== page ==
Tug of war is defined as a sport which pits two teams of equal strength against each other to obtain the same thing. So, is it a good idea or bad idea to play tug of war with your dog?
You’ll find pros and cons, and different opinions like any subject you research online. There will be those who think tug of war helps your dog to burn off energy just like walking or running. Not sure I can see how this could be true, considering that the dog is basically standing in place, pulling something with its teeth. These “founts of information” will tell you how misunderstood the activity of tug of war is and that it’s old school to consider tug of war to be an aggression inspiring game. But if you read further into these resources of information, they will explain that there are definite rules to follow like; making sure your dog understands and will comply with the command to sit, take it and drop it. Will your dog do that?
Some sources say that it’s important to win the game in order to teach your dog to respect you and your authority. Right here, is where we’re going straight to the “Who is Alpha?” thing.
Internet research will yield data that goes further to state, engaging in the game of “tug of war” should only be played by a human that will win! This tells me that this enlightening advice suggests, not only should the human and canine be of equal strength, as the definition of tug of war suggests, but the human must be powerful enough and determined enough to not allow the canine to ever gain control. Can you do that? Clearly this is not a kid and dog activity.
The second important rule comes into play after the game is over and you win every round. Instructions dictate that you immediately put the tug of war object away, reinforcing your dog’s understanding, that you are in charge. Let me know how works out.
So, what does Jenna have to say about all this? Well, it seems like a lot of effort and a lot of rules to follow with very little benefit and much detriment. Dogs are not people too and people are not dogs. We are supposed to be smarter and we are supposed to set the bar. Children are scratched and bitten by dogs often because they play with the dog on the ground and the child is perceived by the dog to be another puppy. Pulling an object from a dog’s mouth will only validate and encourage the behavior of NOT giving an object to you and snapping to regain its grasp should you happen to get possession of it. No, I don’t believe that tug of war will make your dog aggressive. But, I do believe that it can encourage aggression and at the very least, it does enable your dog to act out any negative, unwanted behaviors like growling, guarding resources, baring teeth, inappropriate chewing/destroying items, and establishing dominance; all of which are undesirable and require professional training to eliminate.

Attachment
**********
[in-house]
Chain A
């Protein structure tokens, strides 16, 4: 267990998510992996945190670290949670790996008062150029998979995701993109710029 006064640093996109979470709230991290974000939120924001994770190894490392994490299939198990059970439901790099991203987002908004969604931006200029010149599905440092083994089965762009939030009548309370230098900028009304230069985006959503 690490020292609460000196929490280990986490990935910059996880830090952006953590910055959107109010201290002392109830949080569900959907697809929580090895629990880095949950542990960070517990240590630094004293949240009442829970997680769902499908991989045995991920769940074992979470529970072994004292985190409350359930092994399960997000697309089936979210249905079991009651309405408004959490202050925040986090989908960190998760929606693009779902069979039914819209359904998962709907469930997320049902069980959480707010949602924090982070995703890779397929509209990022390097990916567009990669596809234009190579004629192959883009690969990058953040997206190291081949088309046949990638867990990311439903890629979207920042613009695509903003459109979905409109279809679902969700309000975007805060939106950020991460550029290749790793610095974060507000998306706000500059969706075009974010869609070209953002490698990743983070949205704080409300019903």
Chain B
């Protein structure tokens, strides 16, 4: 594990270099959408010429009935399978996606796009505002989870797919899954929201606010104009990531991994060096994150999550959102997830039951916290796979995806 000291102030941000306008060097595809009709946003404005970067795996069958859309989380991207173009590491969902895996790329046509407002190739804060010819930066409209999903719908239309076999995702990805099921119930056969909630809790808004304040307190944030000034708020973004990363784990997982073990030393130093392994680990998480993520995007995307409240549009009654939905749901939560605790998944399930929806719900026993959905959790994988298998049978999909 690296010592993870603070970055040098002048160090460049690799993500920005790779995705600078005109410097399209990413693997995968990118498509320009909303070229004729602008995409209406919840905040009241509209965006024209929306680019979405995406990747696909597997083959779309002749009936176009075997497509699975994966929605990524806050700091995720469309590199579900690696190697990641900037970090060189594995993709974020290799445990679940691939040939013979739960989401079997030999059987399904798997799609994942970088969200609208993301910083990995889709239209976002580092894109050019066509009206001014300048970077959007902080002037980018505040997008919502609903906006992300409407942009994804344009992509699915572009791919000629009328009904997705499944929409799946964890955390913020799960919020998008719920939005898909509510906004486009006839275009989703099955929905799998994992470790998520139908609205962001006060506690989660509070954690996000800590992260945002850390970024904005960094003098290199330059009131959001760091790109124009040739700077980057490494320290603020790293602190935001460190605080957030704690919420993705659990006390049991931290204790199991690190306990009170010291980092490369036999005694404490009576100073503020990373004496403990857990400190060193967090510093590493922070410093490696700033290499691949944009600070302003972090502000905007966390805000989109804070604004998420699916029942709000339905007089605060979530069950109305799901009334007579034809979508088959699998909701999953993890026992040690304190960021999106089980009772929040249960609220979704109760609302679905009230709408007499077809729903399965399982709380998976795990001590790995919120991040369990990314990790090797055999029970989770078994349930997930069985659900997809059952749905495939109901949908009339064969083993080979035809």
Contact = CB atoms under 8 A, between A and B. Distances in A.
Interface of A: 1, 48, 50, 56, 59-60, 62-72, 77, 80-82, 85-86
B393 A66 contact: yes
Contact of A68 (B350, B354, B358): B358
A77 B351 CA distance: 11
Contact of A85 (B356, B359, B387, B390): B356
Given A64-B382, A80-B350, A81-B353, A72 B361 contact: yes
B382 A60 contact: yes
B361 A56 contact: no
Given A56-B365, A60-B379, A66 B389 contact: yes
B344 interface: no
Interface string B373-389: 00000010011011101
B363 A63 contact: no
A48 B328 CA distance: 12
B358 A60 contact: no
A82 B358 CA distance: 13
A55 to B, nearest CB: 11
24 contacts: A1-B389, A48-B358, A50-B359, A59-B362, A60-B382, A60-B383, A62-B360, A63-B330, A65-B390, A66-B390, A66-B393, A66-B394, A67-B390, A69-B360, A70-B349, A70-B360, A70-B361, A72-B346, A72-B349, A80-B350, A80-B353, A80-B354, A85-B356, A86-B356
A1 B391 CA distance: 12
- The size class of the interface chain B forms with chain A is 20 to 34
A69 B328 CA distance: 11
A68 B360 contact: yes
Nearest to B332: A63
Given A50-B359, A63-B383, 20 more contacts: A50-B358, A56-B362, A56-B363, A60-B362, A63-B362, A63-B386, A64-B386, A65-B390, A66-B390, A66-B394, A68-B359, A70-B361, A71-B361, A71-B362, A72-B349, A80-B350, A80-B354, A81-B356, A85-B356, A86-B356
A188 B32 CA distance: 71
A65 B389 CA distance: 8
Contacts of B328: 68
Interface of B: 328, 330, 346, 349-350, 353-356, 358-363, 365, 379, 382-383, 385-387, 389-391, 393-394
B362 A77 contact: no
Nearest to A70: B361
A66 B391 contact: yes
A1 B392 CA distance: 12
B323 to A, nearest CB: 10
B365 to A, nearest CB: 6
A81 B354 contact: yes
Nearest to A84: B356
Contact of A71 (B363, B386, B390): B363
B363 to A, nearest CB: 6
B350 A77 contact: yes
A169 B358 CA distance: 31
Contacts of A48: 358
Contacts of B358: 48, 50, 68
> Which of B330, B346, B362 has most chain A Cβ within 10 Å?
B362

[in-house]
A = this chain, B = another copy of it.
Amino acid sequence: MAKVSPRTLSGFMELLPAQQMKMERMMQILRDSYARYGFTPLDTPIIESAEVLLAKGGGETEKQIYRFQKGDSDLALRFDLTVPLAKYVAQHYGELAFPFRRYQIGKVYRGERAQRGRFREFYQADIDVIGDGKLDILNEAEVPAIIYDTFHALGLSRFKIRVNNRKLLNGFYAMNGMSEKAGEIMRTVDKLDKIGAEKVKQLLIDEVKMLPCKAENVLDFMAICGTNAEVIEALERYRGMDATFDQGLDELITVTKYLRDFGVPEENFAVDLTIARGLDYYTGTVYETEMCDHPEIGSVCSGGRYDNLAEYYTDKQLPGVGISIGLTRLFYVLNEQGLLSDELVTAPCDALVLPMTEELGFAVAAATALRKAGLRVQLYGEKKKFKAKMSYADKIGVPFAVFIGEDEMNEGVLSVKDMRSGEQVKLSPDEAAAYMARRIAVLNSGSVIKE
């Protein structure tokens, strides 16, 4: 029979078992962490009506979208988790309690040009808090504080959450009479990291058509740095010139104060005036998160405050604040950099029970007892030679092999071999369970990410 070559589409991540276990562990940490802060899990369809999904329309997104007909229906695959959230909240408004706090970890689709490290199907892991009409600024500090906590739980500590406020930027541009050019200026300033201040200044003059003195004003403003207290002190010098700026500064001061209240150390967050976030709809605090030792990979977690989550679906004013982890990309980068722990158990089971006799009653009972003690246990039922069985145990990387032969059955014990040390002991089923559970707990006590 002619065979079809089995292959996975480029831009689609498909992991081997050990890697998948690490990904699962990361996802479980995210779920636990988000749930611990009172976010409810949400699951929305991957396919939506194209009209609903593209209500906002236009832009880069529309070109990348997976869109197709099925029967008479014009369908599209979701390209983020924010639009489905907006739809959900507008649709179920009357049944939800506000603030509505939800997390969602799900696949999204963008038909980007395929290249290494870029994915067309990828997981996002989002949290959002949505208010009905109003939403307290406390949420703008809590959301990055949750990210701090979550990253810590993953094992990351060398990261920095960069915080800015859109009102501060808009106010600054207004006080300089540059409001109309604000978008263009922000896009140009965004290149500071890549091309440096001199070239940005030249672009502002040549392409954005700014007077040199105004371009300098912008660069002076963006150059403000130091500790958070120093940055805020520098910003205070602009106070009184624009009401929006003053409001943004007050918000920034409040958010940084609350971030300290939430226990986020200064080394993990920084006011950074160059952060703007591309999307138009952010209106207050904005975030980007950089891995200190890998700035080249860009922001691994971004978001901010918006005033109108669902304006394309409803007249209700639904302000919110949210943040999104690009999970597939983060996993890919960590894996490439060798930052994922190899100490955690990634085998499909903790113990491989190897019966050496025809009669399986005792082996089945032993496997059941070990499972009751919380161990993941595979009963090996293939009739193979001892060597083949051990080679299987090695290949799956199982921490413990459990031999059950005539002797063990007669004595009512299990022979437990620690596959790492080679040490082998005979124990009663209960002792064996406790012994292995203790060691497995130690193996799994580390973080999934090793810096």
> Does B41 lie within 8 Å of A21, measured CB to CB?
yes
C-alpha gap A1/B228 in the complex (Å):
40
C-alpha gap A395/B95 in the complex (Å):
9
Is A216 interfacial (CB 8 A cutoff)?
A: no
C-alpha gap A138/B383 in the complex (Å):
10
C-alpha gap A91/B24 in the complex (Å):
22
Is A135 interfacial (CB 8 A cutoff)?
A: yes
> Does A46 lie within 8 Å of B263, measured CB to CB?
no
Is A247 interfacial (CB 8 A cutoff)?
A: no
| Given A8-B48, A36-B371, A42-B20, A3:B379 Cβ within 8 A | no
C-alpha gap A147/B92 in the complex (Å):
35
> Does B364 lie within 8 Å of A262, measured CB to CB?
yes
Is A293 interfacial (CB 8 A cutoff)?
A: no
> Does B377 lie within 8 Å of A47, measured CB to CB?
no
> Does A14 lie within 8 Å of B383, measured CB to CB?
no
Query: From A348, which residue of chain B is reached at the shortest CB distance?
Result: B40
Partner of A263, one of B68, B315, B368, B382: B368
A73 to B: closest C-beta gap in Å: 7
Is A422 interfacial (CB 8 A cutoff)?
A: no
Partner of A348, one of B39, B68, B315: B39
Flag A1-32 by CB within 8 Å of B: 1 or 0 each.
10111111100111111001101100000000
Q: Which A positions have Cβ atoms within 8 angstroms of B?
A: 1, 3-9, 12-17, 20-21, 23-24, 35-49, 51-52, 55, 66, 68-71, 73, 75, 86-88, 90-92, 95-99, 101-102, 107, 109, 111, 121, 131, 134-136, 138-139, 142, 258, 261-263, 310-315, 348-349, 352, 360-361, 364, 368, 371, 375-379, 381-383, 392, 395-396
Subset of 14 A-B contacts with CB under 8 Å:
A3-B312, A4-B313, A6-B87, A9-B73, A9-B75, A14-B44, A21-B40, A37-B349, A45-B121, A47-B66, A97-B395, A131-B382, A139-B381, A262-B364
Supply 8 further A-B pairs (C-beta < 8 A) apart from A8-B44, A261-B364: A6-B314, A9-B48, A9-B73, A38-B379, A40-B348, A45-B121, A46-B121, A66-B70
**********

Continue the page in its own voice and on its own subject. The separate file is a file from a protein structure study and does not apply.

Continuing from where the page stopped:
Inciting a dog to grab and pull an item from your hand goes against all my better judgement and years of training family dogs to be members of the family, that can be trusted to interact appropriately, gently and lovingly with all other members of the family. It worries me that if there are children in the household, a child will touch one of the dog’s toys and the dog will snap at the child. This is referred to as guarding resources. Additionally, like me, you may have large breed dogs and small or toy breed dogs. My large breed dogs were always taught to be gentle with the smaller dogs and never take toys away from them.
Puppies should be taught at an early age to “drop it” or “give”. Fetch or ball are safe and fun games to play with your dog and your dog will benefit from the exercise. Any nipping or biting should be discouraged and corrected with proper training methods as soon as they begin.